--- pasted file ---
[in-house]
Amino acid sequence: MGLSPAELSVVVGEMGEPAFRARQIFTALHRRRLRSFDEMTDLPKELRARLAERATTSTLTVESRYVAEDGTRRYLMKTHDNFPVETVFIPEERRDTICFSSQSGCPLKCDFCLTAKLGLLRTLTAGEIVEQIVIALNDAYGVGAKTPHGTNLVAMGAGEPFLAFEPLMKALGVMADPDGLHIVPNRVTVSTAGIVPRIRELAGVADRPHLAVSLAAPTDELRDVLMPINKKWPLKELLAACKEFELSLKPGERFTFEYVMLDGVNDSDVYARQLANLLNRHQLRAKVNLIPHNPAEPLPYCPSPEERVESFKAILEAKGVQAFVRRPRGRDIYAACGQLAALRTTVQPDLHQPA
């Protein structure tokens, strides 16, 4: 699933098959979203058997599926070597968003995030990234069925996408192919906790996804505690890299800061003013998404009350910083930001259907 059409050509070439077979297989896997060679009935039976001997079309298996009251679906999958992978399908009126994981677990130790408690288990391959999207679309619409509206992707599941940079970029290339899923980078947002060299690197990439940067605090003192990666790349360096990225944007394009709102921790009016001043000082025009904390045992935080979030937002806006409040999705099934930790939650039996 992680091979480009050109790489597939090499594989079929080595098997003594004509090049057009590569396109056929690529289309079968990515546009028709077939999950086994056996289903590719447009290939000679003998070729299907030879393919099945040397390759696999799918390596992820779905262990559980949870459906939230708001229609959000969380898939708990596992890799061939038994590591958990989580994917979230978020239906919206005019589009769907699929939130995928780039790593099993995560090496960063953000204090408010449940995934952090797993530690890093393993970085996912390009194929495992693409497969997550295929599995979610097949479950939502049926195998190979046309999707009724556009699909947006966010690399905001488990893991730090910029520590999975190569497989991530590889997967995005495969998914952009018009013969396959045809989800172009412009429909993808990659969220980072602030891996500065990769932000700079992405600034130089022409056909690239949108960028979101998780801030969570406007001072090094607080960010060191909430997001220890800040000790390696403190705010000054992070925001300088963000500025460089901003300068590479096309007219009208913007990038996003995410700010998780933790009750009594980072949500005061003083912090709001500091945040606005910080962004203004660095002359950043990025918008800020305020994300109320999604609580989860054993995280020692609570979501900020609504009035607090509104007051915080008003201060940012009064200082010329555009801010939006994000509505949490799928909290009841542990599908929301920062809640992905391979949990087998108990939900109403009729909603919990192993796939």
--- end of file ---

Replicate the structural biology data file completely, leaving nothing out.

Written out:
[in-house]
Amino acid sequence: MGLSPAELSVVVGEMGEPAFRARQIFTALHRRRLRSFDEMTDLPKELRARLAERATTSTLTVESRYVAEDGTRRYLMKTHDNFPVETVFIPEERRDTICFSSQSGCPLKCDFCLTAKLGLLRTLTAGEIVEQIVIALNDAYGVGAKTPHGTNLVAMGAGEPFLAFEPLMKALGVMADPDGLHIVPNRVTVSTAGIVPRIRELAGVADRPHLAVSLAAPTDELRDVLMPINKKWPLKELLAACKEFELSLKPGERFTFEYVMLDGVNDSDVYARQLANLLNRHQLRAKVNLIPHNPAEPLPYCPSPEERVESFKAILEAKGVQAFVRRPRGRDIYAACGQLAALRTTVQPDLHQPA
């Protein structure tokens, strides 16, 4: 699933098959979203058997599926070597968003995030990234069925996408192919906790996804505690890299800061003013998404009350910083930001259907 059409050509070439077979297989896997060679009935039976001997079309298996009251679906999958992978399908009126994981677990130790408690288990391959999207679309619409509206992707599941940079970029290339899923980078947002060299690197990439940067605090003192990666790349360096990225944007394009709102921790009016001043000082025009904390045992935080979030937002806006409040999705099934930790939650039996 992680091979480009050109790489597939090499594989079929080595098997003594004509090049057009590569396109056929690529289309079968990515546009028709077939999950086994056996289903590719447009290939000679003998070729299907030879393919099945040397390759696999799918390596992820779905262990559980949870459906939230708001229609959000969380898939708990596992890799061939038994590591958990989580994917979230978020239906919206005019589009769907699929939130995928780039790593099993995560090496960063953000204090408010449940995934952090797993530690890093393993970085996912390009194929495992693409497969997550295929599995979610097949479950939502049926195998190979046309999707009724556009699909947006966010690399905001488990893991730090910029520590999975190569497989991530590889997967995005495969998914952009018009013969396959045809989800172009412009429909993808990659969220980072602030891996500065990769932000700079992405600034130089022409056909690239949108960028979101998780801030969570406007001072090094607080960010060191909430997001220890800040000790390696403190705010000054992070925001300088963000500025460089901003300068590479096309007219009208913007990038996003995410700010998780933790009750009594980072949500005061003083912090709001500091945040606005910080962004203004660095002359950043990025918008800020305020994300109320999604609580989860054993995280020692609570979501900020609504009035607090509104007051915080008003201060940012009064200082010329555009801010939006994000509505949490799928909290009841542990599908929301920062809640992905391979949990087998108990939900109403009729909603919990192993796939």